Native Persimmons: “Divine Fruit”

Persimmon fruit and leaves

Hunting for persimmons on our little 30-acre wood is something that I look forward to all year. I start in the spring checking to see if our native persimmon trees (Diospyros virginiana) have blossoms. During the summer, I check to see if the trees have set fruit. Towards the end of summer, I hope against hope that drought or excessive wind, or an especially hungry raccoon, hasn’t stripped my trees of fruit. And finally, in the fall, if I’m lucky and time it just right, I can gather the wonderfully sweet persimmons to use in ice cream, breads, cookies, puddings, and cakes. All of this sounds very straightforward but there are several tricks to know about with persimmons.

First of all, there are male and female trees. How do you tell the difference, you may ask. Females have fruit. Males don’t. Actually, both the male and the female trees have flowers. The female flowers are solitary, bell-shaped, yellow, and about ½ inch wide. The male flowers are smaller and are closely grouped. So look for a tree with single flowers.

The second trick is to know when the fruit is ripe. Common wisdom tells us to harvest the persimmon after the first frost. That’s not entirely correct. The fruit is ripe when it is fairly soft. It often will have a whitish bloom. The cap can also be removed easily when it’s ripe. We harvest the fruit when it has fallen and is soft: if we can beat the animals to the fruit. The best test if the fruit is soft is to simply pop it into your mouth. If it’s bitter, spit it out. What you do NOT want to ever do is eat a hard, green persimmon. You’ll pucker up as if you’ve taken a teaspoon of Alum. Or as friend said yesterday, it feels like your mouth is turned inside out.  So, if it’s soft and squishy, it’s ready to eat.

Image of ripe persimmons in a cone shaped colander




The third trick to using native persimmons is seeding pulping the fruit. There is no easy way to remove the seeds from the fruit. I use an old jelly making colander and the wooden mallet to pulp the fruit. I’ve tried a food mill: it didn’t work. The bitterness found in persimmons comes from the seed and the membrane holding the seed together. A food mill grinds up part of the seed and therefore transfers the bitterness to the pulp. Using the mallet and colander or jelly strainer, does a pretty good job. The end product is a beautiful deep orange pulp. It’s sweet and rich tasting.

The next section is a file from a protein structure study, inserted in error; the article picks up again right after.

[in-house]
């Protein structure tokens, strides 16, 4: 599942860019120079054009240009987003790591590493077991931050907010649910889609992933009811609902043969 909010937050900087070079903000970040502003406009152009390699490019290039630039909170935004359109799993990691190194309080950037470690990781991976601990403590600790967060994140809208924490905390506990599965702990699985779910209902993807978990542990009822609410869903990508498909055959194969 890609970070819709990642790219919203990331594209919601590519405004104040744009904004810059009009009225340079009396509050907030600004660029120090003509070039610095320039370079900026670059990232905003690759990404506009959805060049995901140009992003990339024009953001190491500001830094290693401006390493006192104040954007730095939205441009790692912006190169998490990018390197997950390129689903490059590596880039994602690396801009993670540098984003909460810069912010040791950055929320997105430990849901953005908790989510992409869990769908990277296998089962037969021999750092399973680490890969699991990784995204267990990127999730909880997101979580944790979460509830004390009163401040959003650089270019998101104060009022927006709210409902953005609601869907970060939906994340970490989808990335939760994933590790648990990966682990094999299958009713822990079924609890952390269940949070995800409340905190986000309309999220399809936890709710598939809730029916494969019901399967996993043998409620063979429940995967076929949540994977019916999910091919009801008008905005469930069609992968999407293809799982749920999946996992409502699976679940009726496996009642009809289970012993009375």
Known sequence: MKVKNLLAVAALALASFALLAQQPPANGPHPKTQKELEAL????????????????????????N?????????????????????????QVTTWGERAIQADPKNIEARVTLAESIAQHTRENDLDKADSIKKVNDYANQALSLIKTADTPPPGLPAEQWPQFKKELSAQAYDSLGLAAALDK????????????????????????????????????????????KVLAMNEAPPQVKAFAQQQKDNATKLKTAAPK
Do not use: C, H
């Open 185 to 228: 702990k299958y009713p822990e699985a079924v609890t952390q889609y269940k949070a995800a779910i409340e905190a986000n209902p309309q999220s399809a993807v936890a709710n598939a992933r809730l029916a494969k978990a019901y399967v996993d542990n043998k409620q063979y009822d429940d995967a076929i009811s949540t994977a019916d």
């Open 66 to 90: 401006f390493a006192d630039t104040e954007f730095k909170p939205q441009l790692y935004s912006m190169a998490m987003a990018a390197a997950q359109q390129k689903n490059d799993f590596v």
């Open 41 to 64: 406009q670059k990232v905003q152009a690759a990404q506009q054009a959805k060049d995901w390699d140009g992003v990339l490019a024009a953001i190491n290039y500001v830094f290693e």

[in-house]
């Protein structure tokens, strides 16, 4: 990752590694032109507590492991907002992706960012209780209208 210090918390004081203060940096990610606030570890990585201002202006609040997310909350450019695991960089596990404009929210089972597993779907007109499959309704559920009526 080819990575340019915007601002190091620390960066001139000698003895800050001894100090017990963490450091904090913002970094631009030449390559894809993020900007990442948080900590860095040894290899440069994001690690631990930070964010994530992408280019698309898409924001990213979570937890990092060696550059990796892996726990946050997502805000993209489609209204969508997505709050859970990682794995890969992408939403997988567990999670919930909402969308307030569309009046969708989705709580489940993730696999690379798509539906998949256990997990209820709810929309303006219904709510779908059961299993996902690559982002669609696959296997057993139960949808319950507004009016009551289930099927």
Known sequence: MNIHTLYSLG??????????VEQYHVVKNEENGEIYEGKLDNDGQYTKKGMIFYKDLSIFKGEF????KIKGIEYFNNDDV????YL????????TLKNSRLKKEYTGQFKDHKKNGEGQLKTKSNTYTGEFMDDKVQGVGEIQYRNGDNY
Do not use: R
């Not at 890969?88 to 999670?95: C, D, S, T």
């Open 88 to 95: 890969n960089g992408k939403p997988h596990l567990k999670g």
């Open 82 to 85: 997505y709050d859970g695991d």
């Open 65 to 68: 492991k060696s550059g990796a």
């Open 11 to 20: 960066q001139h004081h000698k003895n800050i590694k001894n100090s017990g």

This is an image of a cone shaped colander and a wooden mallet
Image of orange persimmon pulp being forced through a colander







However, there is one more step needed if you plan to bake or otherwise cook the pulp. I had to learn this the hard way. The first time (and only time) I baked a persimmon custard pie -- for Thanksgiving by the way -- it was inedible. It was bitter and no amount of whipped cream could save it. We literally ate the cream and threw the pie out. Thank goodness we didn’t have company for Thanksgiving! I learned the secret trick a couple of years later, and here it is: add 1 teaspoon of baking soda to ¾ cup of raw persimmon pulp. Let this sit for 30 minutes and a remarkable transformation happens! The pulp assumes a texture rather like a firm custard or gelatin and it does not turn bitter when baked or cooked. You can then use it in cookies, cakes, breads, pies, cinnamon rolls, or puddings. The pulp will lose its beautiful color when cooked and will turn a dark brown. If you plan on using the raw pulp in ice cream then the baking soda treatment is not required.

There are hundreds of persimmon recipes!  Persimmon cinnamon rolls and persimmon ice cream are two of my favorites. I tried a persimmon pudding this weekend. I was somewhat apprehensive. The recipe is basically the same one used in custard pie recipes. I envisioned another dismal failure in which we would eat the cream and throw the pudding out to the animals, but the pudding was fine. I made a sea salt caramel whiskey sauce and whipped cream to go with the pudding. It was moist, somewhat dense, and as my husband said, “tasted like persimmons.” I’m not sure that he meant it as high praise but he did eat it!

picture of a cooked pudding with whipped cream and sauce in a small plate

We have such an abundance of persimmons this year that I will probably be test driving several new recipes and maybe finally make that persimmon custard pie again! So get out there and try our native persimmon! It is indeed “divine fruit”.